The woman who bought The Woman Who Died A Lot, a lot. That would be me. I had pre-ordered Jasper Fforde’s latest Thursday Next novel ages ago from Amazon.com. When I saw it was already out in an English edition, I quickly ordered it from Amazon.co.uk. I got home last night to find both editions had just been delivered. Hurray! Oh, whoops, was I supposed to be unpacking now?
Entries Tagged as 'funny'
October 10th, 2012 · Comments Off
October 6th, 2012 · 1 Comment
Back in 2005, Uppsala Castle hosted a gala physics dinner where two MIT physics professors, Frank Wilczek and Janet Conrad got into some jokey trash talk about the existence (or not) of Higgs particles. Years later, neither one could clearly remember all the details, but one scribbled notepad recorded details of a bet between Frank and Janet about when, whether, and at what energy, a Higgs particle would be found.
Frank bet Nobel chocolate medals, at 100 to 10 odds, that CERN would find a Higgs before the end of 2012 with a mass less than 150 geV. And in July 2012, ATLAS, CMS, and Fermilab all announced finding the same Higgs-like signature at about 125 geV. So Janet conceded and gave Frank his prize: 10 golden Nobel chocolates, at another lovely festive event at Uppsala Castle.
And I even got one of these pieces of chocolate for having suggested the second Uppsala Castle Higgs particle party, as recorded in this YouTube of Frank’s talk there.
Although Frank was dubious about this party idea, I sent email to Uppsala physicist Antti Niemi, asking if he didn’t think Uppsala might enjoy being part of the end of this story — and the rest was history, by which I mean hard work by Antti and by Uppsala University’s Tord Ekelof to bring this idea to fruition. A very good time was had by all the participants, including an audience of about 500 people who came to hear talks by Tord, Frank, Janet, and Fabiola Gianotti, the head of ATLAS at CERN.
September 25th, 2012 · Comments Off
Not far from our Copenhagen hotel is an open-air market, where some of the stalls have evolved into covered small food shops, including a bakery, Sweet Valentine.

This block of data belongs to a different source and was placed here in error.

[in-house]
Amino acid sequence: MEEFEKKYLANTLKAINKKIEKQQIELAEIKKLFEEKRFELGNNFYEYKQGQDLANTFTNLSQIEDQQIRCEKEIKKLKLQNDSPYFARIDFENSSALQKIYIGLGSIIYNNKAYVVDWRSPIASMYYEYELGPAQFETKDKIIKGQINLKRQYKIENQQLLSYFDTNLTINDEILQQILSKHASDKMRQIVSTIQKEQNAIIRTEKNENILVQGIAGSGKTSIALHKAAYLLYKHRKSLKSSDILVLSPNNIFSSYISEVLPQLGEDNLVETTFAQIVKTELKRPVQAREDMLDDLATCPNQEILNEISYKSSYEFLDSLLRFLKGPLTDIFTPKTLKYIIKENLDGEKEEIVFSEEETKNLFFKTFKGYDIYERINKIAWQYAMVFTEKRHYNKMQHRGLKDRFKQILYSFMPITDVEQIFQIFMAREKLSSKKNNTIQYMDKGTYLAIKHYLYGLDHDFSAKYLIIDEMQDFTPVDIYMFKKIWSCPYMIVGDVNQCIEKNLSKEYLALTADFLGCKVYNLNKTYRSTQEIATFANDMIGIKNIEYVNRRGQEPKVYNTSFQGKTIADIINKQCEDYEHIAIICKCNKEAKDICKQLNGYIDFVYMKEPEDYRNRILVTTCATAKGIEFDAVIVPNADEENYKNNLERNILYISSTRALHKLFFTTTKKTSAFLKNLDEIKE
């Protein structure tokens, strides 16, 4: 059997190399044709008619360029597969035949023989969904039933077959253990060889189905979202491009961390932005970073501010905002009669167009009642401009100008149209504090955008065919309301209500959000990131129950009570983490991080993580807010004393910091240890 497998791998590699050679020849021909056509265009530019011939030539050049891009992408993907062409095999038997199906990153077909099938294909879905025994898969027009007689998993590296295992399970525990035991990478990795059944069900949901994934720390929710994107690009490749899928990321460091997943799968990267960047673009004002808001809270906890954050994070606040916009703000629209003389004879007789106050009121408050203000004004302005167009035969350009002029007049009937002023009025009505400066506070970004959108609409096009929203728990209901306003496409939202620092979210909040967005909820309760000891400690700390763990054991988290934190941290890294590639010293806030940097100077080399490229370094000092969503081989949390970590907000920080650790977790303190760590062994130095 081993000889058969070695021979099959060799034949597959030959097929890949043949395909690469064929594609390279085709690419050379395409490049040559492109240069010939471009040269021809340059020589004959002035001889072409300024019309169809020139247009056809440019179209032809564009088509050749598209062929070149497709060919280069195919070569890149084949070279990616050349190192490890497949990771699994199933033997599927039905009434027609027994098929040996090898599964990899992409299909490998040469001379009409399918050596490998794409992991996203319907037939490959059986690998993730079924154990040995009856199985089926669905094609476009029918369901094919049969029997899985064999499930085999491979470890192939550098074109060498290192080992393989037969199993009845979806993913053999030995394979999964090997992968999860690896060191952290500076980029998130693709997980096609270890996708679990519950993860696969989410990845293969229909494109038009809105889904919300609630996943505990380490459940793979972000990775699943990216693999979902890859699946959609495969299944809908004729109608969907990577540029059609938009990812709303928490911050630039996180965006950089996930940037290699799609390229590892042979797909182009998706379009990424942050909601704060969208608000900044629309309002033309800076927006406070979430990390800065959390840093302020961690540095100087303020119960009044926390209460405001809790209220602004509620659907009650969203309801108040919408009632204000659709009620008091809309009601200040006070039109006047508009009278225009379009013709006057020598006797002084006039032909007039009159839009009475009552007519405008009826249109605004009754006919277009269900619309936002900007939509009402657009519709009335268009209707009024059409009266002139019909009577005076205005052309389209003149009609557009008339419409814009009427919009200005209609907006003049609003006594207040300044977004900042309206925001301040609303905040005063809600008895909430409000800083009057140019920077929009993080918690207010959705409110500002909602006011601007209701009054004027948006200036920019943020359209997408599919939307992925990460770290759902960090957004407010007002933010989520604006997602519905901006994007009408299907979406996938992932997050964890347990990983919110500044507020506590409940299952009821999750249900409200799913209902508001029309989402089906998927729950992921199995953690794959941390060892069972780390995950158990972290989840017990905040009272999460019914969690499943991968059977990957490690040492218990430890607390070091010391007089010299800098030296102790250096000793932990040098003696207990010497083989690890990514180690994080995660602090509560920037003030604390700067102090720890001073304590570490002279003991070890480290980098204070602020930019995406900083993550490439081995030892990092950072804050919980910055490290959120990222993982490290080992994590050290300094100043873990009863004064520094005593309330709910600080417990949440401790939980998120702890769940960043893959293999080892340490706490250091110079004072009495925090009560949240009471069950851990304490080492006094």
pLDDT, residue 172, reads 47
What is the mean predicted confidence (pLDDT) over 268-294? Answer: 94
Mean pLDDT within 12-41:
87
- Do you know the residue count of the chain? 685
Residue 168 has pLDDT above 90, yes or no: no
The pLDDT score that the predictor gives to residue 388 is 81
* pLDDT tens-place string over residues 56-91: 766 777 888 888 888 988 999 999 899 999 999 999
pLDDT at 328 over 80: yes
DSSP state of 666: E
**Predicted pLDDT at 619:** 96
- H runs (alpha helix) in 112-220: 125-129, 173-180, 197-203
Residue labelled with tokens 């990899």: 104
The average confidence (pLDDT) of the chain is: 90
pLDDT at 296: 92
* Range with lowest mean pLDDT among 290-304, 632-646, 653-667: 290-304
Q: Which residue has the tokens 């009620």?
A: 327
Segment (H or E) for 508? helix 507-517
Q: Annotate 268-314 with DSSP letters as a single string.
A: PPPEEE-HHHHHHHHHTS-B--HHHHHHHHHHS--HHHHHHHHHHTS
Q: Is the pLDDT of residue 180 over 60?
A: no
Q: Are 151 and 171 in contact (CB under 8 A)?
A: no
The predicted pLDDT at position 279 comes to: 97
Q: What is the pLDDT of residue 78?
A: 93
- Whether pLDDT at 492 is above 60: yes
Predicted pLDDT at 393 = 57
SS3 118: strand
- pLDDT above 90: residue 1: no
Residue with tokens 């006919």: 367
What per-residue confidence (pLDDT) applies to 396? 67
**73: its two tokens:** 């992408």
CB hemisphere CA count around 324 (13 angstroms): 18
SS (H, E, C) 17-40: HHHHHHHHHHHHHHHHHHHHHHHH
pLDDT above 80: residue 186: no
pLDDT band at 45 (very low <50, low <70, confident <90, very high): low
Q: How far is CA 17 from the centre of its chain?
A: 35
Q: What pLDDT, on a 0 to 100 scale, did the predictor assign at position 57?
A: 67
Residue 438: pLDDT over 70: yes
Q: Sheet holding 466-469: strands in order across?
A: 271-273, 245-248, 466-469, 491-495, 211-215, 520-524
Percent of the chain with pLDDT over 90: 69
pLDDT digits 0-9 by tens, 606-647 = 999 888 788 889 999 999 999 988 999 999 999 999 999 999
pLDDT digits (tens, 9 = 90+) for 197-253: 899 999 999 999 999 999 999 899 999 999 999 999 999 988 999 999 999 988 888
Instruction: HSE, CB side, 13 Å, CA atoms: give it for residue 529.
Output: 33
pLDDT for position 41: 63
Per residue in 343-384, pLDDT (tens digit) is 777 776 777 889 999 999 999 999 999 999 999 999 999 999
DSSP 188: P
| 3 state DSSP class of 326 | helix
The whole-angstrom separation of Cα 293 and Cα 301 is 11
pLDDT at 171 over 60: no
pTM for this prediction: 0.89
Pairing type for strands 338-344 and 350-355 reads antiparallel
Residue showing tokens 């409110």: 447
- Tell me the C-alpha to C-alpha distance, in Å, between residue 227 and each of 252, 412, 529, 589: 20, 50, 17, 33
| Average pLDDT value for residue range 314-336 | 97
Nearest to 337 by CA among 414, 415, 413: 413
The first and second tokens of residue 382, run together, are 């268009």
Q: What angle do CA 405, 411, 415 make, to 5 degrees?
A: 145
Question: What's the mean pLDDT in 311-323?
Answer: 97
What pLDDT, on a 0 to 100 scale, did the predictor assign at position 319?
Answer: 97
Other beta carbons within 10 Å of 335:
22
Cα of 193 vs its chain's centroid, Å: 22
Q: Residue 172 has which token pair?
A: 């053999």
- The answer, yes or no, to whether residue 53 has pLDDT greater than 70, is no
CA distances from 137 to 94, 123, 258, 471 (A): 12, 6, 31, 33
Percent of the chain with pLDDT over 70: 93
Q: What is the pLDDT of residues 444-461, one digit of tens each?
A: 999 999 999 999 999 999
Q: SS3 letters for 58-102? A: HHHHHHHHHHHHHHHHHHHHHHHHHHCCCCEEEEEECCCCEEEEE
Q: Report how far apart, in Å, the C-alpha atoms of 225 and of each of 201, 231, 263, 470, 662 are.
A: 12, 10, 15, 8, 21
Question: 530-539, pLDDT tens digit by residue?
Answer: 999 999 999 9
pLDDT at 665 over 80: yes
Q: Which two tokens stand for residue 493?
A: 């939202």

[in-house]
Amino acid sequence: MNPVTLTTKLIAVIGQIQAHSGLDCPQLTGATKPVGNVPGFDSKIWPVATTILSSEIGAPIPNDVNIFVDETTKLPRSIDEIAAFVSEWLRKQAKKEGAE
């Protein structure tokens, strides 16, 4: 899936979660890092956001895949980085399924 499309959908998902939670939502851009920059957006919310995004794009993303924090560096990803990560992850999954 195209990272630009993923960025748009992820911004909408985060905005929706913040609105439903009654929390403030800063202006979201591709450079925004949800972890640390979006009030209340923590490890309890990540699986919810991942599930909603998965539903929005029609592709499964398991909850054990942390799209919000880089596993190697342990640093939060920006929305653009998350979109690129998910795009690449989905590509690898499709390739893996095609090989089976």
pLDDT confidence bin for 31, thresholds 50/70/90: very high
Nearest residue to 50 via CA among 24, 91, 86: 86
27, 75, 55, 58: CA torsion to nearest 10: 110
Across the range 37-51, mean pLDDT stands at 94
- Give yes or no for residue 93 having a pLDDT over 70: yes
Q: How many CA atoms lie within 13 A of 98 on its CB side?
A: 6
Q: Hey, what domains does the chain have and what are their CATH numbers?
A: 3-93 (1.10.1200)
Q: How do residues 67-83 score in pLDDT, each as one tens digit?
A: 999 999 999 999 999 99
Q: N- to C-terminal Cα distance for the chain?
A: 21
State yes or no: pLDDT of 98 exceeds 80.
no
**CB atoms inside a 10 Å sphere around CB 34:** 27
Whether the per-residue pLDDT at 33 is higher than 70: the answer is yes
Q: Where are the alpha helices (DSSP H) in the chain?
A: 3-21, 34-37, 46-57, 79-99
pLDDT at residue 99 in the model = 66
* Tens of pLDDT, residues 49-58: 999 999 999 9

I love the artfully artless thrown-on looking frosting of this wedding cake. Of course, such insouciantly slapdash visual effects can only be created by someone very skillful. Similarly, the tousled bedhead hair that looks amazing on young Julia Roberts probably took her hairdresser an hour to create — nor would the same look, even crafted by the same hairdresser, look expensively elegant if I were to go downtown wearing it.
May 29th, 2011 · Comments Off
I saw this poster this morning, in a small beauty shop in Richmond. I couldn’t wait to show it to Mickey — and how we both laughed!
A few minutes later, walking along, she remarked, “I’ve experienced that, of course, but I’ve never paid for it.”
Yes, up in NH lakes you can get your toes nibbled by cute little fish at completely no charge!
May 25th, 2011 · Comments Off
William Wordsworth (7 April 1770 – 23 April 1850, as we say in Wikipedia) has strong opinions on the moral value of scenery. His poems celebrating the Lake District inspired poets who inspired the Romantic Age. Less well known, but also deserving of some mention, was his absolute hatred of a particular tree that had been introduced to the Lake District during his lifetime.
The larch. Yes, the larch, a tree that figures heavily in one much-loved Monty Python episode, was to Wordsworth simply despicable. For example:
… as a tree, it is less than any other pleasing: its branches (for boughs it has none) have no variety in the youth of the tree, and little dignity, even when it attains its full growth: leaves it cannot be said to have, consequently neither affords shade nor shelter. In spring the larch becomes green long before the native trees; and its green is so peculiar and vivid, that, finding nothing to harmonise with it, wherever it comes forth, a disagreeable speck is produced. In summer, when all other trees are in their pride, it is of a dingy, lifeless hue; in autumn of a spiritless unvaried yellow, and in winter it is still more lamentably distinguished from every other deciduous tree of the forest, for they seem only to sleep, but the larch appears absolutely dead.